Every time I think about how much college will cost us, my mind freezes over into a “does not compute” mode. How is it possible that the cost of college has become greater than the average mortgage in the U.S.? DOES NOT COMPUTE.
Get this – according to The College Board, we will have to find either $623,273 or $316,582 to pay for our girls education depending on if they choose a private college or an in-state public university.
It makes me want to curl up in bed and wish these expenses away.
But unfortunately I can’t.
So How Does One Begin to Save for College?
Of course, two-thirds of families will qualify for financial aid. And at least 70% will take out loans.
But for many families neither of these options will cover all the costs. Many of us will need to save – either a lot or a little. And even if a family does qualify for loans, there’s usually the desire to avoid as much student debt as possible.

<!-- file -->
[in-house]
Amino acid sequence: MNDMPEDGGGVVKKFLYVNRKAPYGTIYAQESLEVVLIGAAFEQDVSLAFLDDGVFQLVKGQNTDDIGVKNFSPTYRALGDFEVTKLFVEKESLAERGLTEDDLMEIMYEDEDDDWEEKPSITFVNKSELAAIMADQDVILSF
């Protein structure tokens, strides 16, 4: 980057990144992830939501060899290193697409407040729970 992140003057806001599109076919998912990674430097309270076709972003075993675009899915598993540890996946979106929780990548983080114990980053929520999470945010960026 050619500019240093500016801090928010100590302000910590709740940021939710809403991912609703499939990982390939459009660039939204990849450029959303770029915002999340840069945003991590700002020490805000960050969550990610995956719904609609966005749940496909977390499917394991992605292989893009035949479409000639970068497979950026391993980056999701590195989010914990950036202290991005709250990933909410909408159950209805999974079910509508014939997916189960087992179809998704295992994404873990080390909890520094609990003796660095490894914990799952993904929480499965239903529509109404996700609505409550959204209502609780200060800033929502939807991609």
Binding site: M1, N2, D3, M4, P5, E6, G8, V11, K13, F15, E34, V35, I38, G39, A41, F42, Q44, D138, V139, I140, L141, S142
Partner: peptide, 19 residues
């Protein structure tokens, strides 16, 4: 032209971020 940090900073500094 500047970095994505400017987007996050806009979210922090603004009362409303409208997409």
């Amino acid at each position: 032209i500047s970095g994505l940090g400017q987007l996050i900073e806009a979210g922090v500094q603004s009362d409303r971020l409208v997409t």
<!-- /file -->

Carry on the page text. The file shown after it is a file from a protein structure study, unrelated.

When to Start Saving for College
First of all, I am not a certified financial planner, even though I do have a certificate in financial planning and an MBA. I have also done a lot of research on saving for college over the years. One thing I’ve found is that while saving for your child’s college education is among the most generous gift you will give him or her, there’s a right time to begin saving:
1. Pay Off Credit Card Debt First: Don’t begin saving for anything until you’ve paid off any high-interest credit card debt or you’re able to roll that debt into a product with a lower interest rate. With credit card interest rates higher than the return on most investments, you’d be working against your goal if money was put towards savings instead of paying down debt.
2. Begin Saving for Retirement First: If worse comes to worse, college can be paid for with loans. Retirement can’t. Even if by paying for college you initially help your kids reduce their loans, they may end up in a worse financial state if they have to fund your retirement. Also note that retirement savings aren’t used in financial aid calculations so there’s no need to worry about saving too much.